March 1 – 1842
A quarrel between the TB & QSS which lasted some time began this day in consequence of Beasley a Bishops’ Boy in the Sixth having licked a Second Election.*
The facts are as follows –
The Captain* having head that this fellow in the 2d Election has been licked, sent to Beasley saying that he wished to speak to him. He went accordingly alone and unarmed, not the least suspecting what the QSS were about to do. When he arrived at College doors the Captain met him & hit him several times with a stick. Most of the QSS were there ready as they said afterwards to set on Beasley if the Captain had not been sufficient of himself with his stick to lick his unarmed enemy whose only offence was wearing a purple gown instead of a black one. But Beasley seeing about 30 to 1* thought it better to refer to Williamson at once & after a great deal of palaver & bother it ended in the Captain sending an apology to the Head of the T.B. Peace was now nominally restored, but the QSS refused to have Beasley in the boat which was to race with Eton which again occasioned a deal of quarrelling & letters were sent to Eton to say that the boat which was preparing to race them was not the Westminster proper boat unless Beasley rowed in it.
Several letters appeared in Bell’s Life upon the subject but as Beasley was taken ill about a week before the reach took place it at once put an end to any doubt concerning his rowing in the boat.
W.G. Andrewes Prin. Opp.
* W.K.R. Bedford, but who stepped in [&] impeded him whilst running after some other Boy.
It was not however Bedford’s fault at all that this disgraceful occurrence came to such a height, but of some other Under Election.
* He had offered to fight anyone of them on the spot, singly, but as in all probability they did consider themselves a match whilst alone, they preferred the unfair and disgraceful way related here.
In consequence of the Etonians having been defeated last year at Datchet Bridge they again challenged us to row them. The preliminaries having been all settled at the Eton Montem by the respective Heads of the Water, it was agreed by both parties that the Race should take place Tuesday July 31st (the Match day) the Etonians breaking up on the Monday preceding… It was also agreed that the intended Race should be kept a profound secret as Williamson was known to be hostile to Boat racing. Notwithstanding all our caution a paragraph appeared in the Bell’s Life Newspaper stating that “A match was to be rowing between Eton and Westminster from Westminster Bridge to Putney July 31st and by this or some other means our Purpose became known to Williamson. In the 1st School on Monday morning Williamson sent for the Captain and told him he understood that it was our intention to row the following day and as it was contrary to all Rules of the School he must insist on our giving a pledge not to row or that he must take his own measures to stop it. Upon the Captain’s refusal to give any such pledge he immediately commenced proceedings by stopping the early play for the next day (the Match day) and by ordering the Q.S. to be locked up at ¼ before 7. During 6th lesson on Tuesday he told us (the 6th) that we must attend a Mathematical lecture in School from 11 ½ to 1 and again from 5 till 7 after afternoon lockers. However, in the course of some conversation with him it was discovered that the pledge required was only “not to row on the match day” which pledge was accordingly given and therefore we conceived ourselves at liberty to row that evening. However during lockers Williamson sent for the head of the T.B. and the Captain and told them that any boy who rowed in a match with Eton would be severely punished. But the Eight being determined at all hazards to row at 5 o clock sallied forth. But unfortunately 3 of the crew having to go to Williamson to say some imposition he took this advantage to detain 2 of them there till far too late to think of rowing this added to the circumstance that the Fathers of 2 of the crew came down to Westminster during the afternoon and expressly forbid their sons to row in the match entirely broke up the Crew. But determined not to disappoint the Etonians we offered to make up the boat again and row them which they very generously refused saying that it would be no honour then for them to beat us. Betting was 6 to 4 on the Westminsters. The Crew was as follows –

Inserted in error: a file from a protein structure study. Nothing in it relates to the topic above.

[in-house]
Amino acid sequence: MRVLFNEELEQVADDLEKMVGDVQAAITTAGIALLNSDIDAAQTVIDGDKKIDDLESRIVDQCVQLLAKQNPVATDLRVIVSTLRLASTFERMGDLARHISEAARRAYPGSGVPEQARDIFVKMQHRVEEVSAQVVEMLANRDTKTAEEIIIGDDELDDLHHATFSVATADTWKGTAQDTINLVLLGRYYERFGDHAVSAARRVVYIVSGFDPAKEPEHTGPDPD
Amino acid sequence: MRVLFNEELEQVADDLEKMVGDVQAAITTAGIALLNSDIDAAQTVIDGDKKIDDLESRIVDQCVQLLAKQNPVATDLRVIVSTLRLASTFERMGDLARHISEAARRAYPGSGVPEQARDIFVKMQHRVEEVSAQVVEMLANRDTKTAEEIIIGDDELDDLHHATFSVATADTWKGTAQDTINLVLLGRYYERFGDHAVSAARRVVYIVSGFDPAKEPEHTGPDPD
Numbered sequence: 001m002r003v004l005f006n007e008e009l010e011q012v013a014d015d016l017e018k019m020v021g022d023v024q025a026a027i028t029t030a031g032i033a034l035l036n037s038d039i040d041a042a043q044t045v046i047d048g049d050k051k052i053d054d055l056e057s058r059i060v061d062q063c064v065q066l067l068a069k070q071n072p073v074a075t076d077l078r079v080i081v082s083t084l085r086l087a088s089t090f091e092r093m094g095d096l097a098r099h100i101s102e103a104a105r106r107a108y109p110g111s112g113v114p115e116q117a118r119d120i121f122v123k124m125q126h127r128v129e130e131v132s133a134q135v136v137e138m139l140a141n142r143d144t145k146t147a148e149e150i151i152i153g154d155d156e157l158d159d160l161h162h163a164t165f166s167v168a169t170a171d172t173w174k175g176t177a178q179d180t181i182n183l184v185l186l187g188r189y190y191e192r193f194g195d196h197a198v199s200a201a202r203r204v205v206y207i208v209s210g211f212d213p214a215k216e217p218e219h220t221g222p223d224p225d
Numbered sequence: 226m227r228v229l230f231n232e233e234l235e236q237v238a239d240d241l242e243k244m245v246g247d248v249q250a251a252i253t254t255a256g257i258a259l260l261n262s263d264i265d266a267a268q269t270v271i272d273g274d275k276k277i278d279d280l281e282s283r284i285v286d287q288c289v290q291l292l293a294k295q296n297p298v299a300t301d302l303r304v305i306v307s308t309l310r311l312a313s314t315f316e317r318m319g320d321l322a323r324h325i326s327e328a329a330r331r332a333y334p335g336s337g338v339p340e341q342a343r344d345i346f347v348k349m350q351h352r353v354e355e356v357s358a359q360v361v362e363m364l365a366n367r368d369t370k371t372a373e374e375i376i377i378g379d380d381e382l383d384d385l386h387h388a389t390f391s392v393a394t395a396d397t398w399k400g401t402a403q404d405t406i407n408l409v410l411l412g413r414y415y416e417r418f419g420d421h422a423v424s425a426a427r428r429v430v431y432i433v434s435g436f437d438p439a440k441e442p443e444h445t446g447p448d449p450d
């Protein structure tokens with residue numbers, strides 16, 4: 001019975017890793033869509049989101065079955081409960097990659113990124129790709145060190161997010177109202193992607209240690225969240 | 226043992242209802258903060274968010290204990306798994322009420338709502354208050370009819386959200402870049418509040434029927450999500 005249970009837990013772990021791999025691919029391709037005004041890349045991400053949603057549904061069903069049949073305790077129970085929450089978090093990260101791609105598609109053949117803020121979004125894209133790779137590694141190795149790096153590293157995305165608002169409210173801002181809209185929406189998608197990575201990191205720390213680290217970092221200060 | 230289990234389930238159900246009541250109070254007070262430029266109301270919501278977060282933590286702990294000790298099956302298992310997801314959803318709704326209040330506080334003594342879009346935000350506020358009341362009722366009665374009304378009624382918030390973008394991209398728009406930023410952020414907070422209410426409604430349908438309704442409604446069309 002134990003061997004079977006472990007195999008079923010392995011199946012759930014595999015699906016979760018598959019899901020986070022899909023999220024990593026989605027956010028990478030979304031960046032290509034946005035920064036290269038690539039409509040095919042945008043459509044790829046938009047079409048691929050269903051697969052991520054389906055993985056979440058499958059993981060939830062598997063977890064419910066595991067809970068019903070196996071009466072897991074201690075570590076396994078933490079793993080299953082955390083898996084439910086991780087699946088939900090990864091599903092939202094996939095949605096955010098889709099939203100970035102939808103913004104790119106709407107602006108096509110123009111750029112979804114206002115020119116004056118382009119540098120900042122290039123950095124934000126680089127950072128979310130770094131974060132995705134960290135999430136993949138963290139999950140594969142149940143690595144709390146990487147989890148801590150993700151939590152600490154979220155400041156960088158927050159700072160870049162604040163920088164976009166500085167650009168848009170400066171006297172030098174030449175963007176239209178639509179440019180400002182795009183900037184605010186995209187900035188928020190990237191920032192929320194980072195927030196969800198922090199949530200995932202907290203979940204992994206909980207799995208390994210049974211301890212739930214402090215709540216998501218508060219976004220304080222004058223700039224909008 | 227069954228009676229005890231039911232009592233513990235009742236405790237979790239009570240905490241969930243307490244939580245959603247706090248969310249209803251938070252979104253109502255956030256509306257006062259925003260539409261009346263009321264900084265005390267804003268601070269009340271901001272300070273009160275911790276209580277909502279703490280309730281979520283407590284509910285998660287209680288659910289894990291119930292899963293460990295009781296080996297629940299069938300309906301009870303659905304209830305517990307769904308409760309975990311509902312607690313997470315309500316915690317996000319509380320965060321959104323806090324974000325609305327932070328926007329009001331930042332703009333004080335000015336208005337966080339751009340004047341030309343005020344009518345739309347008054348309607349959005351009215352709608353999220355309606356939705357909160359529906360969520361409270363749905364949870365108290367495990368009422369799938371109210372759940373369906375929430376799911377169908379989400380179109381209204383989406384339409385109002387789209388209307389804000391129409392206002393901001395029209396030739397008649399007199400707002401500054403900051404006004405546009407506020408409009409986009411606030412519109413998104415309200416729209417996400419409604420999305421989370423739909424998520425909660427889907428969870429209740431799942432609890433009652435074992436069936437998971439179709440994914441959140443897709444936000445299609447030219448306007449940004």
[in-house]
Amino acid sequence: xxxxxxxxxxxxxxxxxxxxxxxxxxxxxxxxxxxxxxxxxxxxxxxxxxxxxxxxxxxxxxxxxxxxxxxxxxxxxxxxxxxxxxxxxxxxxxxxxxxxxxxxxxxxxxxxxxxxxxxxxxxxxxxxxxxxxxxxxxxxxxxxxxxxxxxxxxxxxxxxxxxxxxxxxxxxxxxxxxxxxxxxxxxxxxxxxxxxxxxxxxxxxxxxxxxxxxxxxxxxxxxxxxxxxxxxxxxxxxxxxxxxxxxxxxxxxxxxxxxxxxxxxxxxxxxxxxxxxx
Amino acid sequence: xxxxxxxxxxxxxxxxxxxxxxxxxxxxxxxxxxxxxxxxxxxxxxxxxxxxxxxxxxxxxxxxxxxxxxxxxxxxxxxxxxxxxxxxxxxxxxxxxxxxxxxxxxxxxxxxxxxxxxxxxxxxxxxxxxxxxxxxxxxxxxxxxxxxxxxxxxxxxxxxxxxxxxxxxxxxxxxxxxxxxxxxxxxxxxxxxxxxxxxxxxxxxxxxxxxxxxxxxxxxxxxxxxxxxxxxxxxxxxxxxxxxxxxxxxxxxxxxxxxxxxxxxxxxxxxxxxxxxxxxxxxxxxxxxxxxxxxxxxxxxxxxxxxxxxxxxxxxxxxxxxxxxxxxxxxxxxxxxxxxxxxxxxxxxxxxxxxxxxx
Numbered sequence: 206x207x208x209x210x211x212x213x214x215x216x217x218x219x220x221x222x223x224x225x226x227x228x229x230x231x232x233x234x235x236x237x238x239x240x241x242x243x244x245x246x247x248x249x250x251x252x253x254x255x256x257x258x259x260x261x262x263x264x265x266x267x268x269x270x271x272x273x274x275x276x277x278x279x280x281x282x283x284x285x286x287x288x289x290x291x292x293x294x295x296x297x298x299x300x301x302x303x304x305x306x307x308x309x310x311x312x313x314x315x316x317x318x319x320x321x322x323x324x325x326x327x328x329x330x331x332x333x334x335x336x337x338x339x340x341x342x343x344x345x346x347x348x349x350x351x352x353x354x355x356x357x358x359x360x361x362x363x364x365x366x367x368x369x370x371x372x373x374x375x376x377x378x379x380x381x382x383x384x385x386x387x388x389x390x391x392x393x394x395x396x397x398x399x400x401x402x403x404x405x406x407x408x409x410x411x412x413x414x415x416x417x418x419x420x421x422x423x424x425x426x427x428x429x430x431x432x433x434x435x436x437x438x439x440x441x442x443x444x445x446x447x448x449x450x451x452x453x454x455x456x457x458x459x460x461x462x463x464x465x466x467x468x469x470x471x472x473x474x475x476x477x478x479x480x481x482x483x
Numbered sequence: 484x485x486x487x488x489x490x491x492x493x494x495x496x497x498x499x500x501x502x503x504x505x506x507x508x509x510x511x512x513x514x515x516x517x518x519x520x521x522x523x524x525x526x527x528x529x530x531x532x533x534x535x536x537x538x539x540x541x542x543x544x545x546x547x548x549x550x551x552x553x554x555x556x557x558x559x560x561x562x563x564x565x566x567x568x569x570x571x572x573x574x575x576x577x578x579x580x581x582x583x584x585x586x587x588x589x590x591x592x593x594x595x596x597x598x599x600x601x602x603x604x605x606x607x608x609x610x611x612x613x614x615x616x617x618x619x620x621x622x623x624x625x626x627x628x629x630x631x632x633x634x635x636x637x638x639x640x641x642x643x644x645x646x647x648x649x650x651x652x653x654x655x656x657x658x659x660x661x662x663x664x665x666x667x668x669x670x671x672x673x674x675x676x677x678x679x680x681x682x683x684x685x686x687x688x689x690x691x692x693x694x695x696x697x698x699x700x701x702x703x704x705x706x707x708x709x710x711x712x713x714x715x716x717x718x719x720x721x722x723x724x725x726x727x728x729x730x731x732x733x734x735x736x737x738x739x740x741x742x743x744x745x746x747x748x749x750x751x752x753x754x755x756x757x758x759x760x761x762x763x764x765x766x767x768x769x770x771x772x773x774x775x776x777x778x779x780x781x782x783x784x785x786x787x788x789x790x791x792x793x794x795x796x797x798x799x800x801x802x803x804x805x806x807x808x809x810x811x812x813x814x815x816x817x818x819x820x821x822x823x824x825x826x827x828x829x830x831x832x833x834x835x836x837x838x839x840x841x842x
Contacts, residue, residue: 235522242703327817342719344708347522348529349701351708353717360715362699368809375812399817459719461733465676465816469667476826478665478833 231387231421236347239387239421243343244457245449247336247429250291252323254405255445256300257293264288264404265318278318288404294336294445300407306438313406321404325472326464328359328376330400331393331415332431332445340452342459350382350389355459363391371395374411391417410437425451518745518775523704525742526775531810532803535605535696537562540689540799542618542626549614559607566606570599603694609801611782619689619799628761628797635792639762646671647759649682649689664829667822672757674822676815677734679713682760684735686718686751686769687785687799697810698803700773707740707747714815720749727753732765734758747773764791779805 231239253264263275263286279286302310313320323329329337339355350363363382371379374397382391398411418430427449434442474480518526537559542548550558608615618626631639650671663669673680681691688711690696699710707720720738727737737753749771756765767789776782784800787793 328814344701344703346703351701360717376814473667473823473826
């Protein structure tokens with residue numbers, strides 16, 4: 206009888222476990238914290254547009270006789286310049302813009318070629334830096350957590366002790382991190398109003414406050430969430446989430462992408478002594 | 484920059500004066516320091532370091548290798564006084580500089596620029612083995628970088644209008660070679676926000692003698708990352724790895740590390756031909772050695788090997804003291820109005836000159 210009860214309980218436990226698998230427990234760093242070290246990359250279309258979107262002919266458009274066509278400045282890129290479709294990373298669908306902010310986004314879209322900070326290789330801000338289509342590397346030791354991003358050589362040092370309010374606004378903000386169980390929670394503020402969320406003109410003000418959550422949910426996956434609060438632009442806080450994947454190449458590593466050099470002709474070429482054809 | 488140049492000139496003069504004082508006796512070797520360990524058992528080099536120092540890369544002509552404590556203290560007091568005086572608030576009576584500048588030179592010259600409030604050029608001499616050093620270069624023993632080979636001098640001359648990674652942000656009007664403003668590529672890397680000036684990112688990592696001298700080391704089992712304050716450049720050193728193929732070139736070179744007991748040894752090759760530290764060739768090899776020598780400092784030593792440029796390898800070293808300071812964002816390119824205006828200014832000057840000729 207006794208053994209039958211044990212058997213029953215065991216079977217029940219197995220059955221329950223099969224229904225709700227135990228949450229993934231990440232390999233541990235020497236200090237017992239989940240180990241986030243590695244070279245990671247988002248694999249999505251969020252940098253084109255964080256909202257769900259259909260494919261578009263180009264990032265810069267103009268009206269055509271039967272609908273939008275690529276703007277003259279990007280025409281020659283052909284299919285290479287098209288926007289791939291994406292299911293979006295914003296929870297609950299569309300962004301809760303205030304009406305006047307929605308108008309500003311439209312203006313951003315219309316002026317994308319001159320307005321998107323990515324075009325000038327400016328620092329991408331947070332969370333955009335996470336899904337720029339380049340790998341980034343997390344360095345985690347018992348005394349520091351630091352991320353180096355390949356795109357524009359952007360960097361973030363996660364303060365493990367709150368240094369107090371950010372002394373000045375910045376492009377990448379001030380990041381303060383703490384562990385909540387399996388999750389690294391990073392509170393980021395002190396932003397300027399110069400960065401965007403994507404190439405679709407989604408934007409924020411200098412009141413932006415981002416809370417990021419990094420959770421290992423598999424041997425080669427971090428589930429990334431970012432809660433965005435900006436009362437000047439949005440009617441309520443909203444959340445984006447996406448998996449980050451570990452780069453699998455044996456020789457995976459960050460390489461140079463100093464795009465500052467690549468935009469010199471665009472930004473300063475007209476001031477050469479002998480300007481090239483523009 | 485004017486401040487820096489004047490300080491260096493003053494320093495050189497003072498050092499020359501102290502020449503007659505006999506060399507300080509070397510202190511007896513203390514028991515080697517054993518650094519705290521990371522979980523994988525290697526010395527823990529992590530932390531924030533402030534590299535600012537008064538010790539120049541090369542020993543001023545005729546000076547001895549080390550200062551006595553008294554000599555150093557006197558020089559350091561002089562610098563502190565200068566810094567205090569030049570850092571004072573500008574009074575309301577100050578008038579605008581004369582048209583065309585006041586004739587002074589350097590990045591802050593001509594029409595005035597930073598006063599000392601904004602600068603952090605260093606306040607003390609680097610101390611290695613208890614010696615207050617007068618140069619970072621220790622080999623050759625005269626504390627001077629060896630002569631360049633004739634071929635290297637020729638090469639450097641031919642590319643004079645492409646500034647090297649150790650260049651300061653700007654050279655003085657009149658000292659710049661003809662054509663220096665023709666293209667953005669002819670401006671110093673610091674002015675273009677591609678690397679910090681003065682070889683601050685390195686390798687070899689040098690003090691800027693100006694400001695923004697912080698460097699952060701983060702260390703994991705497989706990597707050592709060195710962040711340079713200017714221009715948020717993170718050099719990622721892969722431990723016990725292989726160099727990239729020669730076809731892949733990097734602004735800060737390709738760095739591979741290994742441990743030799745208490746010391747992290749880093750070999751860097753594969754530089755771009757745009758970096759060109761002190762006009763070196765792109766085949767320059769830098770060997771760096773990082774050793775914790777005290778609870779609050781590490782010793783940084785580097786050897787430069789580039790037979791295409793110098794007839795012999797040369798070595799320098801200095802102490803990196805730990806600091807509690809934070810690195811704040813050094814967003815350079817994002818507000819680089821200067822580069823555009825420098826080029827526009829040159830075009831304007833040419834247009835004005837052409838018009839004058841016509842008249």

Maule – Steerer
For further particulars vide Water Ledger